Pet fish owners usually have a bad first experience buying their first aquarium and give up too easily. Certainly, there’s a way to avoid such a scenario, and that is by planning your purchase ahead. Even if you have experience, you still need a plan.
Below are some handy tips for choosing and buying your first fish tank:
People usually think they just need a few dollars in order to get started – which is wrong. At least, if you want to begin with something of decent quality, you need around $150 to $200. And you need not force yourself into buying anything with less than decent quality. If you think that’s too much for your budget, it’s smart to save until you have enough funds.
Making a Checklist
A good way to begin is by listing down the things you need. This list should include the tank and stand, heater, hood and light, gravel, filter, net, water treatment/cleaning supplies, and some decor probably. All of those plus the fish and enough fish food until your next pet shop visit. Speaking of fish, there are less challenging ones that you should get as a beginner, like Bloodfin Tetras or White Cloud.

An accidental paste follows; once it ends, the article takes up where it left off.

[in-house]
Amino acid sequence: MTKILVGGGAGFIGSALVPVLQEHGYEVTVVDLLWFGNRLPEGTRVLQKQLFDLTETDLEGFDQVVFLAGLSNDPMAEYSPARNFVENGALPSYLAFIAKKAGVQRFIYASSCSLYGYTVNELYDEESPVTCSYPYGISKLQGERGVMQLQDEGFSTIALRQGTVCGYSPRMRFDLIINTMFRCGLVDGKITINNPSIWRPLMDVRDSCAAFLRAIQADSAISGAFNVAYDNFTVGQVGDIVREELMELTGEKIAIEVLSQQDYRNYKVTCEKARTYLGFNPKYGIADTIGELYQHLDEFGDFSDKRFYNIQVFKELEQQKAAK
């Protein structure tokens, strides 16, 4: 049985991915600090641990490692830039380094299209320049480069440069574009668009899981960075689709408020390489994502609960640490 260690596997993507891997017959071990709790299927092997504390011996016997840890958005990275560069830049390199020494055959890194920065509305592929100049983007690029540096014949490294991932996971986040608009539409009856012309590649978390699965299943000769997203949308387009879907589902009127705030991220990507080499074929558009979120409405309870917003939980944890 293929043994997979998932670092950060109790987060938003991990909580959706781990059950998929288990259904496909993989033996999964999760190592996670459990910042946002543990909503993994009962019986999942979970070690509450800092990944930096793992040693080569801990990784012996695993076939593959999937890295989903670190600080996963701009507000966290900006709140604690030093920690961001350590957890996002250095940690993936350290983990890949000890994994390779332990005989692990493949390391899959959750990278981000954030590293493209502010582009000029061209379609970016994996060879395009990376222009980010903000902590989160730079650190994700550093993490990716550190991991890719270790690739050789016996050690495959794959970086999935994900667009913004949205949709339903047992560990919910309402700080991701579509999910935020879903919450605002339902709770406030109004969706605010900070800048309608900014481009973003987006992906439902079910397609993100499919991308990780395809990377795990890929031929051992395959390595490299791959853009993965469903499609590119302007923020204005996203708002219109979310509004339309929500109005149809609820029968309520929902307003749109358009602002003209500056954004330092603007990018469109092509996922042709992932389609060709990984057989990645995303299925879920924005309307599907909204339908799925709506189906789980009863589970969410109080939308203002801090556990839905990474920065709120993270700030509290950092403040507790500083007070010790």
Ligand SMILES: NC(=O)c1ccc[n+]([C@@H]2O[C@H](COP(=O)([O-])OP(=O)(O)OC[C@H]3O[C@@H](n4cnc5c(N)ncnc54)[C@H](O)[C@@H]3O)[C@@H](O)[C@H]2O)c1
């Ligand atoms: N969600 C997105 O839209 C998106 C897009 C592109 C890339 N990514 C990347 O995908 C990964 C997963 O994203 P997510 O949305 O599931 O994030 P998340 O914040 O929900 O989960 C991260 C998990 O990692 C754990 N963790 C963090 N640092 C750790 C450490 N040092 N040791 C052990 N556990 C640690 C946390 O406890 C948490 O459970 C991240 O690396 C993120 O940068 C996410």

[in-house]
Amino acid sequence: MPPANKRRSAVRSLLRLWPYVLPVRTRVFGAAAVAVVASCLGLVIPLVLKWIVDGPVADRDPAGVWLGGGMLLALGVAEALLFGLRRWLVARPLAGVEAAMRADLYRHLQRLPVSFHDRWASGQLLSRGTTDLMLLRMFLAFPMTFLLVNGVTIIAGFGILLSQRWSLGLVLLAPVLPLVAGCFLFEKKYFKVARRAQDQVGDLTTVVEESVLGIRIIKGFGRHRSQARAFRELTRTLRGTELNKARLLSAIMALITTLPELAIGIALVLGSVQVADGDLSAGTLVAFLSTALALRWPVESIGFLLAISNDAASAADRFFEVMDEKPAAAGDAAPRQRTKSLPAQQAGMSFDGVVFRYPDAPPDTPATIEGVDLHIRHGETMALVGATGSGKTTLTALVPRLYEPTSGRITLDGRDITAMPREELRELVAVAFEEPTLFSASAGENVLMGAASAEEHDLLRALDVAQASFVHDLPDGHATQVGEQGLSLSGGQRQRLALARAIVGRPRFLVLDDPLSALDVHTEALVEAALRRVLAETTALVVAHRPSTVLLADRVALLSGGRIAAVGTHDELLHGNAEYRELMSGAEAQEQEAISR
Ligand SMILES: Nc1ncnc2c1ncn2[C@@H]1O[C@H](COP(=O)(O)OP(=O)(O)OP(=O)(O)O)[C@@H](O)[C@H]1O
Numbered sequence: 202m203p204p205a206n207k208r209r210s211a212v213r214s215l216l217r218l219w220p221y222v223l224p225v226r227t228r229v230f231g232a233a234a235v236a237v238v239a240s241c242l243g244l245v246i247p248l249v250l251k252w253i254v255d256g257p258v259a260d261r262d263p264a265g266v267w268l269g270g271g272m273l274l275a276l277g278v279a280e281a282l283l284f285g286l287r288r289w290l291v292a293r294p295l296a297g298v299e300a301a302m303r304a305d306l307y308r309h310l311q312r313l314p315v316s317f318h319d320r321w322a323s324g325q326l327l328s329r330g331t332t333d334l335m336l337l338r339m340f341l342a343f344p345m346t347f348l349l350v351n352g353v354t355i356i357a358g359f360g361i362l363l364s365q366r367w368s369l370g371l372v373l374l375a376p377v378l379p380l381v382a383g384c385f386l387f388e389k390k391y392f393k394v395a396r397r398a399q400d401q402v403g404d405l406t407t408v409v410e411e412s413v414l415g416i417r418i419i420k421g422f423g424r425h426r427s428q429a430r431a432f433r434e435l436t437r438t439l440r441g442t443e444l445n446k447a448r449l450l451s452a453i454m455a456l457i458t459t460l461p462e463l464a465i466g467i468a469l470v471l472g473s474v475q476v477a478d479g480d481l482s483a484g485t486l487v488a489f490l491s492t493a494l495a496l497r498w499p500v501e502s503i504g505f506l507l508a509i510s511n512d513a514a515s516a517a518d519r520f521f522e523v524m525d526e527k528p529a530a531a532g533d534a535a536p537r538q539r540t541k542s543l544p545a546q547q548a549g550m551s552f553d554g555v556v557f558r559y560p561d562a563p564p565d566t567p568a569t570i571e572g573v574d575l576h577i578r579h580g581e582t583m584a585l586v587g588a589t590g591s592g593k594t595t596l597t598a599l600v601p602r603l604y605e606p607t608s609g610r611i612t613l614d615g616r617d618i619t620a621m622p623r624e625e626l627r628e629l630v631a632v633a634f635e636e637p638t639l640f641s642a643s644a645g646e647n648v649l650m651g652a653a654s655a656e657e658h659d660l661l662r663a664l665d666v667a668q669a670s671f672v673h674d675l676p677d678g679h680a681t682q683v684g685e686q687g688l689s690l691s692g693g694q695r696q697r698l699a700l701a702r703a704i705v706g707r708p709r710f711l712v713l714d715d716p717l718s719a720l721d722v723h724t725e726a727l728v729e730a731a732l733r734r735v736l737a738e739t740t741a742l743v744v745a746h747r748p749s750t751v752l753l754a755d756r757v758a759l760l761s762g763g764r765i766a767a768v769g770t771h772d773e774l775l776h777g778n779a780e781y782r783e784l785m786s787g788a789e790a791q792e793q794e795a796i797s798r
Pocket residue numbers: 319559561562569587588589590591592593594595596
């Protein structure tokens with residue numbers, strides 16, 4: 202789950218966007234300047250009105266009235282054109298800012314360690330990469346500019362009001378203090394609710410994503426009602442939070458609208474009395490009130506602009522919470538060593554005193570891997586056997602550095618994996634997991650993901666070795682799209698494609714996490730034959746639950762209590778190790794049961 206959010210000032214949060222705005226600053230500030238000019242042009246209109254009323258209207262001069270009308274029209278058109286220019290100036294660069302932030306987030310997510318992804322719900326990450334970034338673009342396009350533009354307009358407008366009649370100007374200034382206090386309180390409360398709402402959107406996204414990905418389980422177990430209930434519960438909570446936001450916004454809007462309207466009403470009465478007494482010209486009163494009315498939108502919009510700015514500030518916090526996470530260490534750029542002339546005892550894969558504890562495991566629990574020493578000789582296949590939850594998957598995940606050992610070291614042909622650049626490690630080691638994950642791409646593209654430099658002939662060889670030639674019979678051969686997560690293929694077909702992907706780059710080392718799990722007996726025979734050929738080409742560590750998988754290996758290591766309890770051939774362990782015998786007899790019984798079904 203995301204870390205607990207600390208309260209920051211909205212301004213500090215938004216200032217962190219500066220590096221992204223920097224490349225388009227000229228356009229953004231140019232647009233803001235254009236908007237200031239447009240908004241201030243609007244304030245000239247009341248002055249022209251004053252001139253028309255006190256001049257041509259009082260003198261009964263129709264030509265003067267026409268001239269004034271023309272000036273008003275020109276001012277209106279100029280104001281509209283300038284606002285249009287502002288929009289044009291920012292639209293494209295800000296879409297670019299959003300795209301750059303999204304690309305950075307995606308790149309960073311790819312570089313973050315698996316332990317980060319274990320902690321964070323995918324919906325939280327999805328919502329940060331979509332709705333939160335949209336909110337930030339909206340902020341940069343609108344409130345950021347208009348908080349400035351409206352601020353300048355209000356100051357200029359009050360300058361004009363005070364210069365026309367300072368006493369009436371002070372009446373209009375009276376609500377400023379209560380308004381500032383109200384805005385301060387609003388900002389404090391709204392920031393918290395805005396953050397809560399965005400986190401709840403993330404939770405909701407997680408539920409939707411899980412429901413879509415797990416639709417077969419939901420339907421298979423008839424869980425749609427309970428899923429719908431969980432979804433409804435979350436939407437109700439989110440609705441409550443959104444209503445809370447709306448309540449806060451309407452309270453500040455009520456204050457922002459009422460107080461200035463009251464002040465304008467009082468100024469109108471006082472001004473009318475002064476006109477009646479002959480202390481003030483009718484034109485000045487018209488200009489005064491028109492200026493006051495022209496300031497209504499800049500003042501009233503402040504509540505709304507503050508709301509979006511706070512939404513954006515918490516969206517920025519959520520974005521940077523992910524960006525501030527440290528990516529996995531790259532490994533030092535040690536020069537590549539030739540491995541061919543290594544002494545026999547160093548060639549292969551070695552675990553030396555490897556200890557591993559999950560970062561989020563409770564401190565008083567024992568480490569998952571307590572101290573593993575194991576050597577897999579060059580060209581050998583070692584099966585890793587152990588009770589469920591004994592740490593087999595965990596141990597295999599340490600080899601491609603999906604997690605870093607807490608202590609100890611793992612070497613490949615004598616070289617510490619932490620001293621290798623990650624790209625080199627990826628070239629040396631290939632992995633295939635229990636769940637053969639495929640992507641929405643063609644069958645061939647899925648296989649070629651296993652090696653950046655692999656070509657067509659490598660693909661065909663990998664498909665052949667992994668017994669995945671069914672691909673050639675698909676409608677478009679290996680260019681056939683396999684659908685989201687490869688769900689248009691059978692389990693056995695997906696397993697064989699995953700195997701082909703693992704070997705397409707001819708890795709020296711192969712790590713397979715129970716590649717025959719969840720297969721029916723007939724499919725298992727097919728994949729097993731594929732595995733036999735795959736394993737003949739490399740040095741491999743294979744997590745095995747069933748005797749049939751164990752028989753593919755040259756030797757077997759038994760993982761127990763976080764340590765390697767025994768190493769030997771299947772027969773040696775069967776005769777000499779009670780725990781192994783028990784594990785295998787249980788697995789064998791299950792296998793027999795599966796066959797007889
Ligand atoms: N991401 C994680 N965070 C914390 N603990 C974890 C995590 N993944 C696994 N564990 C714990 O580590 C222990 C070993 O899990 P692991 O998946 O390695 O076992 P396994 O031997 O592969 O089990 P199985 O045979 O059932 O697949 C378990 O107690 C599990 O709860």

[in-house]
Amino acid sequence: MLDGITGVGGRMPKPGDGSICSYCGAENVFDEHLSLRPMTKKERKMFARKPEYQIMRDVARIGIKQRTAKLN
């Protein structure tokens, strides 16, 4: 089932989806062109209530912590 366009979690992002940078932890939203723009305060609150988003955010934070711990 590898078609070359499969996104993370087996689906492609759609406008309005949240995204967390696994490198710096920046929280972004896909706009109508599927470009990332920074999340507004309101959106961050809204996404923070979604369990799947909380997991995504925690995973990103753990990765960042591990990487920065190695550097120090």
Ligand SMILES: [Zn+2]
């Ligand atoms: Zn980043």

If you’ve got a rather tight budget, try asking for help. You might have a friend or family member take a look at your checklist, hoping they’d give you an advanced holiday or birthday present. Of course, you have another option – buying secondhand equipment, but be sure it’s free of cracks, scratches, etc. And for anything, don’t pay in excess of 50% of the original price.
As a beginner, avoid fish tanks that hold below 10 gallons of water. Many people don’t know this, but the smaller a fish tank, the harder it is to manage – less water means a faster buildup of toxins. In addition, water temperature and chemistry changes occur more quickly in such environments. When buying your first fish tank, go for 20 gallons or bigger. The chance of it working is so much bigger as it provides a much larger room for errors you might make as a beginner.
How Many Fish?
Finally, be realistic about the number of fish you want to keep. This determines how big an aquarium you need, which in turn affects how much space you’ll need for it. Even if you buy a larger tank, start with a few types of fish that aren’t so difficult to manage. As you become more experienced with aquariums, you can get more challenging types.